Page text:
Phytochemical analysis of BCAE revealed the presence of the antioxidant phytochemicals flavonoids, terpenes and phenolic compounds. It has been earlier reported that the flowers and other parts of this plant contains flavonoids and sesquiterpenens, etc.[38,39] The present study also revealed that BCAE has fair amount of flavonoids and phenolics.
BCAE was further tested for its antioxidant activity. The results revealed that BCAE has significant free radical scavenging property [Table 3] with IC50 of 50.21 µg/mL. The antioxidant activities of the flavonoids are well demonstrated and they are often found effective in hepatic disorders.[40-42] Previous studies have reported that Bombax ceiba extract possesses in vitro antioxidant activity.[10-12] Based on this, it can be hypothesized that the observed hepatoprotection offered by BCAE may be ascribed to its antioxidant activity. Furthermore, this was supported by the observation that daily treatment with silymarin, a well proven antioxidant, showed similar effects on CCl4-induced changes in the levels of hepatic function markers and similarly prevented the CCl4-induced damage to the liver. The in vivo antioxidant activity and hepatoprotective effect of silymarin are well demonstrated in earlier studies[21,22] and corroborate with the present findings. The observed hepatoprotective effect of BCAE was comparable to that of silymarin.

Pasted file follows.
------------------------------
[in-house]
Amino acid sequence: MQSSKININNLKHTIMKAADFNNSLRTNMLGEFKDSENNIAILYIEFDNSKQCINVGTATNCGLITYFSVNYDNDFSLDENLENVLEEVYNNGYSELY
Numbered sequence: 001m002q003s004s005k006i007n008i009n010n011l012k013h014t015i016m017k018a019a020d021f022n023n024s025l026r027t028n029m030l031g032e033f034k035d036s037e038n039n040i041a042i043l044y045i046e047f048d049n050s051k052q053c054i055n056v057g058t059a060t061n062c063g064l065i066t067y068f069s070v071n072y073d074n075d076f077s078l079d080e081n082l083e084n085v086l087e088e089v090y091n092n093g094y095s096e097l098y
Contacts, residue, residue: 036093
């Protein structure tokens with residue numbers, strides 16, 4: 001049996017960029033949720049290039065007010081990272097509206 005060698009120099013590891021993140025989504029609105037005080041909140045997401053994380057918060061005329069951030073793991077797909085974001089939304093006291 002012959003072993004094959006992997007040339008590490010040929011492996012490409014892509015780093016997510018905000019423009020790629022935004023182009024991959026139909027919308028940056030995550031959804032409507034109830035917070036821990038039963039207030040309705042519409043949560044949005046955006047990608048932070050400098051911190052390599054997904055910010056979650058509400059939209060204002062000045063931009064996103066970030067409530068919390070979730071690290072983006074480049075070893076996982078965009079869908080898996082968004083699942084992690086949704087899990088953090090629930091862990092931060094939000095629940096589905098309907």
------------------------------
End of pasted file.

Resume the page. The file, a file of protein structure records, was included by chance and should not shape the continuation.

In conclusion, BCAE exhibited protective effect on CCl4-induced free radical mediated hepatotoxicity. The observed hepatoprotection by BCAE may be a consequence of its antioxidant effect due to the presence of flavonoids or other phenolic compounds in BCAE. The present investigations scientifically validate the traditional use of flowers of Bombax ceiba in hepatic disorders.
Authors are thankful to Dr. Vinay Lomesh, Shree Ram Institute of Industrial Research, New Delhi, for his help in interpretation of histological changes in liver tissues.
Financial support and sponsorship
Conﬂicts of interest
There are no conflicts of interest.